Eco Art on Butcher Street specialises in natural, non-toxic art supplies, pigments and local crafts and also serves as a community space for workshops and events.
Artist Anna Barclay came up with the idea for the shop after exploring planet-friendly alternatives to the materials she used in her own paintings.
Anna, who has travelled extensively in South America volunteering in environmental, marine and animal conservation projects, was frustrated that the most commonly used acrylic paints contain microplastics, which end up working their way into the sea and our bloodstreams.
“I’d be painting nature and the sea, but using paints which are actually damaging to the ocean,” says Anna.
“I started looking into how artists painted before the industrial revolution, and discovered suppliers producing natural earth paints, which are safer for the user and the environment.”
Impressed with the quality of the products, derived from flowers, rocks and natural resources, Anna devised a plan for a sustainable art supply shop and “community space for creativity, for the benefit of people and planet”.
When a vacant premises came up in Derry last year, just inside the City Walls and opposite the Maldron Hotel, she decided to take the plunge.
“I love Derry as a city. There are a lot of creative people here, and so many different festivals on through the year, that I knew it would be a great location,” says Anna.
Anna also signed up for the Start Up Accelerator Programme, a partnership by Derry City and Strabane District Council, Enterprise North West and Strabane Enterprise Agency with support from Fashion and Design Textile Hub and Strabane BID.
Funded by the UK Government through the Community Renewal Fund, it helps new entrepreneurs explore their ideas and provide assistance to develop business skills.
Through the programme, Anna received mentoring support and funding, attended workshops on topics such as finance and digital marketing, and met other new business owners.
“Navigating a new business during the last year has been unpredictable,” Anna admits.
“Having the security of one-to-one mentoring from Enterprise North West, and a team of professionals who you can ask for advice, was brilliant.
“And you’re meeting other people who’ve taken their own leap, which is really encouraging. They might have a totally different business to you, but you’re going through lots of the same worries and concerns.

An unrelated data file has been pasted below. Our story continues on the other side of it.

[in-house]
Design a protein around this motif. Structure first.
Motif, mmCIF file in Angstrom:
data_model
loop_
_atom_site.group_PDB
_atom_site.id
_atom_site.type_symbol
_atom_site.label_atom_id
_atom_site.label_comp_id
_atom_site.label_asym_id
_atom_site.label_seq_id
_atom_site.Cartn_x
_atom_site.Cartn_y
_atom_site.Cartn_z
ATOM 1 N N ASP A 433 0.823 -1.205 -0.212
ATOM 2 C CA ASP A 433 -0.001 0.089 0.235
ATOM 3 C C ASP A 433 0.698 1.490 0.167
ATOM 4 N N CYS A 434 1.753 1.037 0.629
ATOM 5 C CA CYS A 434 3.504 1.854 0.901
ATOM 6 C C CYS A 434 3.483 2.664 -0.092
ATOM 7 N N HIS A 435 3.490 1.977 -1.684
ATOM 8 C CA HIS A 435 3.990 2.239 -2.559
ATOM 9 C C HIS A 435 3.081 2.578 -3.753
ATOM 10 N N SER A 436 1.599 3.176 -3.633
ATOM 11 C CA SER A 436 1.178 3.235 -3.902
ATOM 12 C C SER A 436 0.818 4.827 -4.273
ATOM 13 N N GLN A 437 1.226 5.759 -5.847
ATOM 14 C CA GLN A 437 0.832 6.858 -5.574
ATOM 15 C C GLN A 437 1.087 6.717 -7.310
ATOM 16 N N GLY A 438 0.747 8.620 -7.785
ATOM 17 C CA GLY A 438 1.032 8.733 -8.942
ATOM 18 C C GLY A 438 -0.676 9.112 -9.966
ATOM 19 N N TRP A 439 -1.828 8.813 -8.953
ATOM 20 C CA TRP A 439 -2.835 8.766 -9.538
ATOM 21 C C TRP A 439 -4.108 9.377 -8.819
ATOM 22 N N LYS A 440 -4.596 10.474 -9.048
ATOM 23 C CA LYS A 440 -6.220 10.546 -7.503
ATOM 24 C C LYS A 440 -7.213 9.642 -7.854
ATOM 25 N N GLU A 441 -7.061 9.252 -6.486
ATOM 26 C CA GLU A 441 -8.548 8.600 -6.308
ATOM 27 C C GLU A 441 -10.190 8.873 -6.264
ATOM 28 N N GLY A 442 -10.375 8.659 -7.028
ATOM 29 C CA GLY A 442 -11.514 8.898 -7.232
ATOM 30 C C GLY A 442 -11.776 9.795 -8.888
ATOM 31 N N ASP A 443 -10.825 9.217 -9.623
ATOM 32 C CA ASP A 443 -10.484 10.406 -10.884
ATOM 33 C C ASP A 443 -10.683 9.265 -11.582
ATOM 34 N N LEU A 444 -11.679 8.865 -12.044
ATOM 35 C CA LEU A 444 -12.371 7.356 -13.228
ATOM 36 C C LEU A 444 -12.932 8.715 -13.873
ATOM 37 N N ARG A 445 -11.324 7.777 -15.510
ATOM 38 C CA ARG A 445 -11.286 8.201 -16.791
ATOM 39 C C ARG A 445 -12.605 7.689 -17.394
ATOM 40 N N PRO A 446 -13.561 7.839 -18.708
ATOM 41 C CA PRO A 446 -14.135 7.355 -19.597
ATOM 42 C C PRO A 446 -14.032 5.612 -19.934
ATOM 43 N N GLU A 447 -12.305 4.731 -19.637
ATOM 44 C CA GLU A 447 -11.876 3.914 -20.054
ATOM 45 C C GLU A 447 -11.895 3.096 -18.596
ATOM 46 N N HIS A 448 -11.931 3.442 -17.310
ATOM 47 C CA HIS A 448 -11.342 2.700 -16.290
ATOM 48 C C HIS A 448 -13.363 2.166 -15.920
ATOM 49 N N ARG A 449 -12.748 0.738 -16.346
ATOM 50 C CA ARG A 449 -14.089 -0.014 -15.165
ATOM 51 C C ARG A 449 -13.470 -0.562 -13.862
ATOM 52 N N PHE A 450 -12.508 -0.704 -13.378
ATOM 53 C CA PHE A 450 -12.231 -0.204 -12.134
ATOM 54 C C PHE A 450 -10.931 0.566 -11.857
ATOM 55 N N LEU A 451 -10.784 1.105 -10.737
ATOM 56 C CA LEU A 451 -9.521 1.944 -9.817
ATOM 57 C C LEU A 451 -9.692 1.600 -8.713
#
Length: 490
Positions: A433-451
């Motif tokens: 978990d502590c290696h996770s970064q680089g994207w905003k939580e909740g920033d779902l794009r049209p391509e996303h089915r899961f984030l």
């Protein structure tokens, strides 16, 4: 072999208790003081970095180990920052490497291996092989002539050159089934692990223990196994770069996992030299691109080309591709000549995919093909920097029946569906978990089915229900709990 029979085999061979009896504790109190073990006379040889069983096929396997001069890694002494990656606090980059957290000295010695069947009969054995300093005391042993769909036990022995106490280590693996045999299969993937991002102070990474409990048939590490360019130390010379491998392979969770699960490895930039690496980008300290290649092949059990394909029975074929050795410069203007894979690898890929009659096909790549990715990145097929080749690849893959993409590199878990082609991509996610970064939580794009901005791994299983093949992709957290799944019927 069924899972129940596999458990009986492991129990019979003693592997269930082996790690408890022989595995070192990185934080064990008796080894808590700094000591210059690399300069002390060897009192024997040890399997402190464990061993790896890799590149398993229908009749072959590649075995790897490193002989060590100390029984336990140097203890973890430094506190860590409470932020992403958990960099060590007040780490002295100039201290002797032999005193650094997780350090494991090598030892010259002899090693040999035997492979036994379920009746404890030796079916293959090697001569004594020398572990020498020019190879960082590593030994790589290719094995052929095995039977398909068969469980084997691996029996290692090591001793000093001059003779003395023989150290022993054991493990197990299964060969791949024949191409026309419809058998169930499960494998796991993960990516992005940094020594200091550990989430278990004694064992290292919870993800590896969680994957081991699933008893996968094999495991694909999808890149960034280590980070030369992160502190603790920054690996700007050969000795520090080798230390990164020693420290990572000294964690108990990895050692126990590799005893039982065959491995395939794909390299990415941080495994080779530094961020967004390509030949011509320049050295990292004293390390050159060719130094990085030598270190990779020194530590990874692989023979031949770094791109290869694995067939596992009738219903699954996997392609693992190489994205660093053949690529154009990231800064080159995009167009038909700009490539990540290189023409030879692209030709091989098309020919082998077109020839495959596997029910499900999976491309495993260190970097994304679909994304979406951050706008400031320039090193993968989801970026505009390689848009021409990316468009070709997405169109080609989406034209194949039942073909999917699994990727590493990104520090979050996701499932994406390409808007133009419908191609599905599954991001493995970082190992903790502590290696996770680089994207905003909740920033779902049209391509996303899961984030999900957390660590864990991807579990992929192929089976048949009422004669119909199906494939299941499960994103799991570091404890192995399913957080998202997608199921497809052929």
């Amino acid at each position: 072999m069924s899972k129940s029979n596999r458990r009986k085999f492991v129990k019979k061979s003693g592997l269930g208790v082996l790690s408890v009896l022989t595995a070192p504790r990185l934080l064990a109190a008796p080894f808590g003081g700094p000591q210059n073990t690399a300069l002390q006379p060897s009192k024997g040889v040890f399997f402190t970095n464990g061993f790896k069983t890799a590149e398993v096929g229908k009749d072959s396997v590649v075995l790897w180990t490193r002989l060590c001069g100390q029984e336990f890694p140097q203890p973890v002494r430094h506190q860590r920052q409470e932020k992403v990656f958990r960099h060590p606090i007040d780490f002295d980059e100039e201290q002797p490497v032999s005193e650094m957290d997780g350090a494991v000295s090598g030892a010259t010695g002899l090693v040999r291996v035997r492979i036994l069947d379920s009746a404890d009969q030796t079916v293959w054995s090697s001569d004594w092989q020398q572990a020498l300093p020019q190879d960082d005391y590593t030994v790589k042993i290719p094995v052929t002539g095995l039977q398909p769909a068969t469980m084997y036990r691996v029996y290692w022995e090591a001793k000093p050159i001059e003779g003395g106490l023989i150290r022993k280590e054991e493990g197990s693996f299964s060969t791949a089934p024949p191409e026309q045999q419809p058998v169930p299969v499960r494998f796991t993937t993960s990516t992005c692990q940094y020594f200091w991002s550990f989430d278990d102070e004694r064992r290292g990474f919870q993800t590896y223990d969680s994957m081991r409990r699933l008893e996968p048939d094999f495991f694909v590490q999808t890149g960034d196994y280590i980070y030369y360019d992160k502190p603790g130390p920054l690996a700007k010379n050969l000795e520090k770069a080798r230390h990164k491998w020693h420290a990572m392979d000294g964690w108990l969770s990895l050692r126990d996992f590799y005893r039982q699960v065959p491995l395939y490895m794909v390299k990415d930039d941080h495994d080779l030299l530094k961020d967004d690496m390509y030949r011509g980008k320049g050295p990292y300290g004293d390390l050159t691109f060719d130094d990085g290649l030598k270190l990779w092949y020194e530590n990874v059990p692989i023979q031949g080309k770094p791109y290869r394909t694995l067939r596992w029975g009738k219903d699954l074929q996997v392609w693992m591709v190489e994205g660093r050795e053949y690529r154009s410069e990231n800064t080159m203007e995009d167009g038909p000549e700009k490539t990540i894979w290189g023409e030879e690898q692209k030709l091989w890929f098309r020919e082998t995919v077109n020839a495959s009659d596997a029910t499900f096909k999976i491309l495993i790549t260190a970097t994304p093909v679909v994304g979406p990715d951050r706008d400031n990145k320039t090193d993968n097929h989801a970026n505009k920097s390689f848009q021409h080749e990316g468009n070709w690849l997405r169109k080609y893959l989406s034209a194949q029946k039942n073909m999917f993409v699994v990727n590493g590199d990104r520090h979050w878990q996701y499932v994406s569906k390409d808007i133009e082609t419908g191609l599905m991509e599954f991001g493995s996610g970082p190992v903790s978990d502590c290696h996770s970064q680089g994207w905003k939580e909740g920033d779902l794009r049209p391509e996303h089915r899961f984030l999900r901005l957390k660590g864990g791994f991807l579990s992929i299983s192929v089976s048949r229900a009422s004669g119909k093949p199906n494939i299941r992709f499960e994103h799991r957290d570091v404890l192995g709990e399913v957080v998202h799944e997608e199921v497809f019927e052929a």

“Through the programme and funding I’ve also been able to employ a member of staff. Having Katie, who’s so passionate about what we do, help run it day-to-day has been great.”
A community hub
After fitting out the shop with salvaged and recycled furniture, Anna was ready to welcome her first customers last autumn.
Inside, the shop is stocked with Natural Earth and Mineral Pigments, colouring pencils made from recycled paper, biodegradable glitter, beeswax candle-making kits and much more.
There are also ethical, eco-friendly gifts and homeware made by local crafters – including screen printer Naomi Arbuthnot of Naomi Prints, who Anna met through the Start Up Accelerator Programme.
Meanwhile, Eco Art’s Community Art Club gives local artists the opportunity to display their work in the shop window every month, and there are also workshops, zero waste events and activities to tie in with local festivals such as Derry Halloween and the Foyle Maritime Festival.
Looking to the future
Anna says she’s had “so many positive reactions” from customers, tourists, and artists visiting the city, and thanked local people for supporting her small business.
“My priority was to a make Eco Art a community space – to encourage people to explore their own creativity, in a way that’s harmonious to the planet,” she adds.
“The climate crisis is happening all the time and it’s not going to get any better. It’s not to scare people, it’s to encourage them and say, this is worth protecting. We do not inherit the earth from our ancestors, we borrow it from our children.”
She adds: “We live in a fast-paced society and I also think Covid was a wake-up call to slow down, whether that be taking time out in nature or exploring your artistic side. Even if people think they aren’t ‘good’ at art.
“Art isn’t there to be sat and gazed at, it’s about the journey and the process rather than the finished product.”
Anna says she would encourage others have a business idea to seek available support through Council and Enterprise North West, who can help you through the process.
She adds: “If you have a business idea that you are passionate about, there is support there to help make it a reality.”Tags: